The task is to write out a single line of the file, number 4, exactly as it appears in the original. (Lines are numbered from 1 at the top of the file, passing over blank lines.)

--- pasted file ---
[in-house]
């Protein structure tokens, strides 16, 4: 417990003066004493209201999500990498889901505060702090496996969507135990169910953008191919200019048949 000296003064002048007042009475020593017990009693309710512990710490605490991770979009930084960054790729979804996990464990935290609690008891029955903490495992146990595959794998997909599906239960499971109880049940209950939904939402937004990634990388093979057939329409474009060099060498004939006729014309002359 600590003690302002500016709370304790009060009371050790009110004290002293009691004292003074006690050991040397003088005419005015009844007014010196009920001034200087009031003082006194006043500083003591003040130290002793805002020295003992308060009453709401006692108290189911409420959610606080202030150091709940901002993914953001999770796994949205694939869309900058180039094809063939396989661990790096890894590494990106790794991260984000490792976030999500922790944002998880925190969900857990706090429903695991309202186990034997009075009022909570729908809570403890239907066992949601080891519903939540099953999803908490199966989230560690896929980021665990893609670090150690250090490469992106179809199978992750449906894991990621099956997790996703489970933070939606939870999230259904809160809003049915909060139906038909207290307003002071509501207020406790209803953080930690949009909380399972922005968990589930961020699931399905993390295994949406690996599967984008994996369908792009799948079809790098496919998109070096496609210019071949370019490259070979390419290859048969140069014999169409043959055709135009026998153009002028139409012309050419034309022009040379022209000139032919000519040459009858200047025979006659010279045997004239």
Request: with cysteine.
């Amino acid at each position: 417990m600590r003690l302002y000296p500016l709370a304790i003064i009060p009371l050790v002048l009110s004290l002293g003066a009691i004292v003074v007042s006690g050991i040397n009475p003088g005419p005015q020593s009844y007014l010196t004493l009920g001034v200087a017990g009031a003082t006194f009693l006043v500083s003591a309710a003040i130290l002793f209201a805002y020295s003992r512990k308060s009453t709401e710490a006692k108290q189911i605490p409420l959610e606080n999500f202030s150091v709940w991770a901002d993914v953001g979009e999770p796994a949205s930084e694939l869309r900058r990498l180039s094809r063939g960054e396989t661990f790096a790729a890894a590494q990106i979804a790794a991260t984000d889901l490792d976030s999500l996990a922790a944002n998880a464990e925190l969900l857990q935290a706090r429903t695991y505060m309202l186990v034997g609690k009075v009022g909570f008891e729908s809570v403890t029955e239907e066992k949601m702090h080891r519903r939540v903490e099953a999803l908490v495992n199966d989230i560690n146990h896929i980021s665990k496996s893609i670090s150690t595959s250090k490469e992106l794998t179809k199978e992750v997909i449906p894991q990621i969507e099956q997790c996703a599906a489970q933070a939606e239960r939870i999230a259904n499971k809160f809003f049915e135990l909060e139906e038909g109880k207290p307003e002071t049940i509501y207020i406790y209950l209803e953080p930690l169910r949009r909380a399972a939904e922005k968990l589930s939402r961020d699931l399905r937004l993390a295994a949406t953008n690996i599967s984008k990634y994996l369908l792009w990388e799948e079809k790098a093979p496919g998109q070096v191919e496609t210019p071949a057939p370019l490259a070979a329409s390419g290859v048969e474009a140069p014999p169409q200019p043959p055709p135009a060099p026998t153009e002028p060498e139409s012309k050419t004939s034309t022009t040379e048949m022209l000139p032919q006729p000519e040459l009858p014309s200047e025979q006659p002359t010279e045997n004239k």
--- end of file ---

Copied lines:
């Amino acid at each position: 417990m600590r003690l302002y000296p500016l709370a304790i003064i009060p009371l050790v002048l009110s004290l002293g003066a009691i004292v003074v007042s006690g050991i040397n009475p003088g005419p005015q020593s009844y007014l010196t004493l009920g001034v200087a017990g009031a003082t006194f009693l006043v500083s003591a309710a003040i130290l002793f209201a805002y020295s003992r512990k308060s009453t709401e710490a006692k108290q189911i605490p409420l959610e606080n999500f202030s150091v709940w991770a901002d993914v953001g979009e999770p796994a949205s930084e694939l869309r900058r990498l180039s094809r063939g960054e396989t661990f790096a790729a890894a590494q990106i979804a790794a991260t984000d889901l490792d976030s999500l996990a922790a944002n998880a464990e925190l969900l857990q935290a706090r429903t695991y505060m309202l186990v034997g609690k009075v009022g909570f008891e729908s809570v403890t029955e239907e066992k949601m702090h080891r519903r939540v903490e099953a999803l908490v495992n199966d989230i560690n146990h896929i980021s665990k496996s893609i670090s150690t595959s250090k490469e992106l794998t179809k199978e992750v997909i449906p894991q990621i969507e099956q997790c996703a599906a489970q933070a939606e239960r939870i999230a259904n499971k809160f809003f049915e135990l909060e139906e038909g109880k207290p307003e002071t049940i509501y207020i406790y209950l209803e953080p930690l169910r949009r909380a399972a939904e922005k968990l589930s939402r961020d699931l399905r937004l993390a295994a949406t953008n690996i599967s984008k990634y994996l369908l792009w990388e799948e079809k790098a093979p496919g998109q070096v191919e496609t210019p071949a057939p370019l490259a070979a329409s390419g290859v048969e474009a140069p014999p169409q200019p043959p055709p135009a060099p026998t153009e002028p060498e139409s012309k050419t004939s034309t022009t040379e048949m022209l000139p032919q006729p000519e040459l009858p014309s200047e025979q006659p002359t010279e045997n004239k």